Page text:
On a recent flight from Indiana to Colorado with my wife and son, my mind went to the story of Jonah and his time in the belly of the whale. As I fought a migraine, my wife was experiencing the discomforts of first trimester pregnancy, and my son was acting the way two year olds act. It also happened to be one of those turbulent flights into the Rocky Mountain wind currents that allow you to imagine you’re on one of the wildest coasters Six Flags has to offer.
As I sat there rubbing my temples and comforting my son in that last row of the plane I looked up the aisle and imagined that this just might be a slight glimpse of the misery Jonah experienced as he rode through the sea accompanied by the nauseating smells and juices that exists within the guts of a whale.
As much as I would have liked to have escaped those circumstances I had no choice at 30,000 feet but to sit there, ride it out, and think about the comforts and quiet of resting in my own bed in a few short hours.
The Jonah analogy is one Jesus seemed to return to as his preferred symbol for transformation in life. Both Matthew and Luke’s gospel record a scene in which an antagonistic crowd of religious folks demand that Jesus perform an impressive and miraculous sign. Jesus responded, “The only sign I freely give away is the sign of the prophet Jonah.” (See Matthew 16:4, Matthew 12:38-39, & Luke 11:29)
What did Jesus mean by this?
As the Old Testament story goes, Jonah was a prophet who was called to be God’s voice to the people of the city of Nineveh. Jonah did his best to avoid that call. He had to be forced to sit and confront the dark questions he most needed to ask of himself. Amidst the internal and external storm he asked his travel buddies to dump him off the side of the boat as he desperately hoped that suicide would once and for all fix the problem and alleviate his having to confront the questions his life was asking. Jesus’ response to the Pharisees in Luke 11:29 indicates that it might do them some good to undergo the same type of experience that Jonah did.
Richard Rohr says, “We seldom go freely into the belly of the beast. Unless we face a major disaster like the death of a friend or spouse or loss of a job, we usually will not go there. As a culture, we have to be taught the language of descent.” Some might describe the belly of the beast experience as hitting “The Wall” in life. In any case, Jesus was describing and inviting them and us into the realistic pathway of spiritual transformation.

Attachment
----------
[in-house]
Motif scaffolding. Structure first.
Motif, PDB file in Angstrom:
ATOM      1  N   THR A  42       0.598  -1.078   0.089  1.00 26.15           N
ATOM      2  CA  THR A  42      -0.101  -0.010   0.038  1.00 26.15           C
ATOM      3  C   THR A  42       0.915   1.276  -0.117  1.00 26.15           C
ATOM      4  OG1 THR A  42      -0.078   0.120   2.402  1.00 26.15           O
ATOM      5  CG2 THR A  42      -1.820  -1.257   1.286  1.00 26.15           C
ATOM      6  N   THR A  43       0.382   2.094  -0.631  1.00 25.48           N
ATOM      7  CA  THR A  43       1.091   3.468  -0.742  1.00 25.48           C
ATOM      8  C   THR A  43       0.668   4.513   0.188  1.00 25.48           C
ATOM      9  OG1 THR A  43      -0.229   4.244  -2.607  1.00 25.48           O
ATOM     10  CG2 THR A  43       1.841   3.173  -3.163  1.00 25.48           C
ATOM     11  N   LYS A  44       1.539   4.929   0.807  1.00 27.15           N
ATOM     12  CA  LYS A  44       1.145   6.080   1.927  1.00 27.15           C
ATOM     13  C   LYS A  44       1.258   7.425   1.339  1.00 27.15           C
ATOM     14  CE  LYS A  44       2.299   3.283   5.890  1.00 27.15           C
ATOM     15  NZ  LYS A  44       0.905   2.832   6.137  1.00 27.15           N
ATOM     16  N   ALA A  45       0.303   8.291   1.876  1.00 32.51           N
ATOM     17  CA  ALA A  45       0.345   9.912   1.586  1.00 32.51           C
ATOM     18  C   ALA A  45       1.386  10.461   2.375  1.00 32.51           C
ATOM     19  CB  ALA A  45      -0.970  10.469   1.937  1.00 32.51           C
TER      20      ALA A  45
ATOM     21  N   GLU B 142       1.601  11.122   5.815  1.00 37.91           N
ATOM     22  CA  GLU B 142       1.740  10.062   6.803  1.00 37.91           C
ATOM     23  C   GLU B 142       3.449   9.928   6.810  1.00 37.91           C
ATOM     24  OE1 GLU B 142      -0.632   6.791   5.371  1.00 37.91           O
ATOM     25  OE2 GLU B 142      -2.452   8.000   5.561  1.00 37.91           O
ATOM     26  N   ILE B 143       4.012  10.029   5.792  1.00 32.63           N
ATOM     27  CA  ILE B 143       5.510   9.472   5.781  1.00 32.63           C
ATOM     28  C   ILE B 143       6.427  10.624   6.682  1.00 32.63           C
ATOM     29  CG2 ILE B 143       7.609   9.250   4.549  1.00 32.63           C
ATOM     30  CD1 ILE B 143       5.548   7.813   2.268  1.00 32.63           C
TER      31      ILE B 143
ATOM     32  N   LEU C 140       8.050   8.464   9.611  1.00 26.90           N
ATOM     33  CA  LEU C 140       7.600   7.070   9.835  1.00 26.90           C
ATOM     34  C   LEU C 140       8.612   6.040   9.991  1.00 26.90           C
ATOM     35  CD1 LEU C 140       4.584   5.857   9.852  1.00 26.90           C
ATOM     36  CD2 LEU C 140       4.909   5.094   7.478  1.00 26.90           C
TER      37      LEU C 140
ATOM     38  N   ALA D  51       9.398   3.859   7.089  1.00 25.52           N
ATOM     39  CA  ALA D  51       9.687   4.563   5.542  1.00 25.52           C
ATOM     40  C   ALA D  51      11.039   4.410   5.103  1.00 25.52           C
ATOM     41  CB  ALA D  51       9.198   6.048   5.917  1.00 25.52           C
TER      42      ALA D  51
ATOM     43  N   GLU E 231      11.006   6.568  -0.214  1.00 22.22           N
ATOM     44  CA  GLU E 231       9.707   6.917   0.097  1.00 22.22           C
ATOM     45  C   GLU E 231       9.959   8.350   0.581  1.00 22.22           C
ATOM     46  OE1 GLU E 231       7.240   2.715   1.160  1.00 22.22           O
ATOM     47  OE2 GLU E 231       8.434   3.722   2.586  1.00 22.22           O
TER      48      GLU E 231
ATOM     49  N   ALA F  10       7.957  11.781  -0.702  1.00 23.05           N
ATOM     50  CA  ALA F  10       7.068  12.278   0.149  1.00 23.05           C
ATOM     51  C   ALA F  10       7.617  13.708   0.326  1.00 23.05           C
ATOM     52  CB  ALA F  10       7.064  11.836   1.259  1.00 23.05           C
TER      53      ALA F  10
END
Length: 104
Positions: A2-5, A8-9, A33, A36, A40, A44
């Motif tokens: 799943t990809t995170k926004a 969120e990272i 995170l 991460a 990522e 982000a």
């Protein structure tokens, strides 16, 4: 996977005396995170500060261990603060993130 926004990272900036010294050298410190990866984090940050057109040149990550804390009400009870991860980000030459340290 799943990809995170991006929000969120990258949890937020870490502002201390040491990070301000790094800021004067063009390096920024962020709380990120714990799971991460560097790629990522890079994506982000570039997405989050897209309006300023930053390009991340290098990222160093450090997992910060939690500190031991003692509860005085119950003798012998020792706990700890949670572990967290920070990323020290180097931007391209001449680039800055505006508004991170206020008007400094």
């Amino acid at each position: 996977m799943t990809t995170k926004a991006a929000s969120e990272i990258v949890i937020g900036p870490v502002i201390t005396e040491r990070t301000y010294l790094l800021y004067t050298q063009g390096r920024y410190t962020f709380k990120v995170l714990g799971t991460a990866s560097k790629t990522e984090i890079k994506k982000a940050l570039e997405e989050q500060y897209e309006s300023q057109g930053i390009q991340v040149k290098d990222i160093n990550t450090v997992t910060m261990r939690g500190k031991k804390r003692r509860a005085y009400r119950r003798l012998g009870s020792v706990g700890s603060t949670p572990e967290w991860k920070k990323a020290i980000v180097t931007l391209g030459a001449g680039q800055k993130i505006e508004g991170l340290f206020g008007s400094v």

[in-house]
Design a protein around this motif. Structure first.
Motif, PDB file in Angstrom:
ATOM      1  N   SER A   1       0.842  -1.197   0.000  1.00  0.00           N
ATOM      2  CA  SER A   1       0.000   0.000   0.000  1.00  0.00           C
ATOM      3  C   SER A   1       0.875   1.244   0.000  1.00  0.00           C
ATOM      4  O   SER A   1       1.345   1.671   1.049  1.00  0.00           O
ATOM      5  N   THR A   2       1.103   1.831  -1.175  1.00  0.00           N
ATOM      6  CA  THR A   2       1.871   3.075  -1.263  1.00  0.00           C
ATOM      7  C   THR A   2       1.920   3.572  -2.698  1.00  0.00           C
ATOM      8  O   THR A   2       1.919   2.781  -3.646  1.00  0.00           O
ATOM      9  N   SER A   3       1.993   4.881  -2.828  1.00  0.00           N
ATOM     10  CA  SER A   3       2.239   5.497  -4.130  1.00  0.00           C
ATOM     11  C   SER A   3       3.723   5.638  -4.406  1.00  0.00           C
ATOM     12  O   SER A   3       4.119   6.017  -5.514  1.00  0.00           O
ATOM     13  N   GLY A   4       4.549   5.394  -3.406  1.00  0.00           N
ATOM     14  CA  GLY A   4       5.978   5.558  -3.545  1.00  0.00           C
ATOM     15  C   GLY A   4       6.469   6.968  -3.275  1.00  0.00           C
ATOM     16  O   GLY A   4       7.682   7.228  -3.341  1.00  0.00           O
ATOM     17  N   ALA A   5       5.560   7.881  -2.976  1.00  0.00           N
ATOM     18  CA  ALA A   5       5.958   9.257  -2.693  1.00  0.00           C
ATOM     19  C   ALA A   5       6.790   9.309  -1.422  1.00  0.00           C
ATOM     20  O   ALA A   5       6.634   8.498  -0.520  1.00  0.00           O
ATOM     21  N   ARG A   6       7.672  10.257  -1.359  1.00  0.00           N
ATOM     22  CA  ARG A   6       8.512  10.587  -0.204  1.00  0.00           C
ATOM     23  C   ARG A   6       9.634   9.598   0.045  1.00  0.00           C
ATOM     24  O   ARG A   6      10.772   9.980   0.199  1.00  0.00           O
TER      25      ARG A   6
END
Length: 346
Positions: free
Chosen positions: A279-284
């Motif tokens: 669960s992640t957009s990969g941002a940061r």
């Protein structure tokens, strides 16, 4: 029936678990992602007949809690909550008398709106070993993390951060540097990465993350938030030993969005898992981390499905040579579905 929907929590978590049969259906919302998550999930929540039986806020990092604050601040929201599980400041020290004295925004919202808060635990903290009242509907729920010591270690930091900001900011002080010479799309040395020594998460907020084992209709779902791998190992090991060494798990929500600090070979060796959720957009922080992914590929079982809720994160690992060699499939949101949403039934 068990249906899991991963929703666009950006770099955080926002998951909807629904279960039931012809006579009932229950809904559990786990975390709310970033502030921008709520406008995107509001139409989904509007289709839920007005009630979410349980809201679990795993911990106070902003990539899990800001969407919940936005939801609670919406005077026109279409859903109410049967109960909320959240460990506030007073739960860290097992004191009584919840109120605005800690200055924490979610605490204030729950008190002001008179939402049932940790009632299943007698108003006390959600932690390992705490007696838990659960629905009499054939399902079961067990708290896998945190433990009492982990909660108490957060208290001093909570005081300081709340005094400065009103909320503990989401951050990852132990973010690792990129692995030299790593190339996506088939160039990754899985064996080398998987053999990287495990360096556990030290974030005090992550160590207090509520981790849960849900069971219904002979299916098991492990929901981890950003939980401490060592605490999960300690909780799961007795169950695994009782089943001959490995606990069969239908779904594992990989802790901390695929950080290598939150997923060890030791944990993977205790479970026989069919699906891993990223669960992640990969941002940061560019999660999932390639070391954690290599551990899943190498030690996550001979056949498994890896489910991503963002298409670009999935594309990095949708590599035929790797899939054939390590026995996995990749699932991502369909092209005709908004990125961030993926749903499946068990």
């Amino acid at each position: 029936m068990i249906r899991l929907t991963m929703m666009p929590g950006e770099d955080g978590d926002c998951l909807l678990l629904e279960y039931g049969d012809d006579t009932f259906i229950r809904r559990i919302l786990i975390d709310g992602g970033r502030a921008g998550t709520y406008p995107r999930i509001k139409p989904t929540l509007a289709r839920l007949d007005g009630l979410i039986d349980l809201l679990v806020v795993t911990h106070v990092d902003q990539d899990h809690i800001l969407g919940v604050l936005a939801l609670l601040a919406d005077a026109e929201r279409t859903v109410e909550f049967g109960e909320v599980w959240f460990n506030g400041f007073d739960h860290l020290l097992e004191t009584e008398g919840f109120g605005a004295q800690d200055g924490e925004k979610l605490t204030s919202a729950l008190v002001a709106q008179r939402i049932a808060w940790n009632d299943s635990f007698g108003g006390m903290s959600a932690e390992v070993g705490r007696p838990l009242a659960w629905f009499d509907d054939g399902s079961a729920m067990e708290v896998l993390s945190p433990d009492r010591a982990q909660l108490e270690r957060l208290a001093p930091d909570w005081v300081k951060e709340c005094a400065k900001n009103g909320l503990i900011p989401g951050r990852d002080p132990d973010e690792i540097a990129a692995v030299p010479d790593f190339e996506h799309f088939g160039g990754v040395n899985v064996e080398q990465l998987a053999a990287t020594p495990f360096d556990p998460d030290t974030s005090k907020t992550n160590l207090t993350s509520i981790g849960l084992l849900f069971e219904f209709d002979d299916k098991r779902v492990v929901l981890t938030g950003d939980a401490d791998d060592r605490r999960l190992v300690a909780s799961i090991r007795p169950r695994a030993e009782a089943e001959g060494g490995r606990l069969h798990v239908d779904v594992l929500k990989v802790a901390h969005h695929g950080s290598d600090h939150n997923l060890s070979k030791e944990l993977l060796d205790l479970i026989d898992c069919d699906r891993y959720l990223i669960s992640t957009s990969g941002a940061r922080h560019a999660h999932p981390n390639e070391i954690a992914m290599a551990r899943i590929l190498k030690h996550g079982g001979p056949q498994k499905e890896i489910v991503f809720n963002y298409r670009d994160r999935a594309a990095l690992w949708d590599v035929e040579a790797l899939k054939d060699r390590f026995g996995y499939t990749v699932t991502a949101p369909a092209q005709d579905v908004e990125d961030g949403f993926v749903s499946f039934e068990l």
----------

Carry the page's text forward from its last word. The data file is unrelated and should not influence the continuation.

Attaining increased intellectual knowledge and developing and enjoying environments of affluence along with other large aspects of the “American Dream” seem to make it very difficult to understand what Jesus was communicating by “the sign of Jonah.” But in my work with marginalized people and places I’m learning that the poor have a head start on the rest of us in this regard. Only in impossible environments do we realize that all we really have left are questions and prayers. As Simone Weil said, “It is grace that forms the void inside of us and it is grace alone that can fill the void.” Without this pathway of descent and disorientation there’s really no necessity to confront our contradictions, our false self, who we are below the waterline and into the nakedness of our personal reality. Thomas Merton warns, “There is no greater disaster in the spiritual life than to be immersed in unreality, for life is maintained and nourished in us by our vital relation with reality.”
Although the difficult circumstances of my flight were hard, it wasn’t truly like being in the belly of the whale because I knew it would be over in a few short hours. The majority of the people living on this planet are poor and they exist without any indication that their suffering will end anytime soon. Instead, their only choice is to stay with the pain, the lack of rational conclusions or answers, and on some days sit in the perilous place of utter meaninglessness.
Most of us are quite willing to embrace reality when it fits with how we see ourselves and the world, and when it is not overly unpleasant like Nineveh. But according to Jesus’ powerful reminder we must willingly go where we’d rather not inside the belly of the whale for awhile. Sit with the questions... the powerlessness. And only then will we be spit upon a new shore and begin to understand our calling.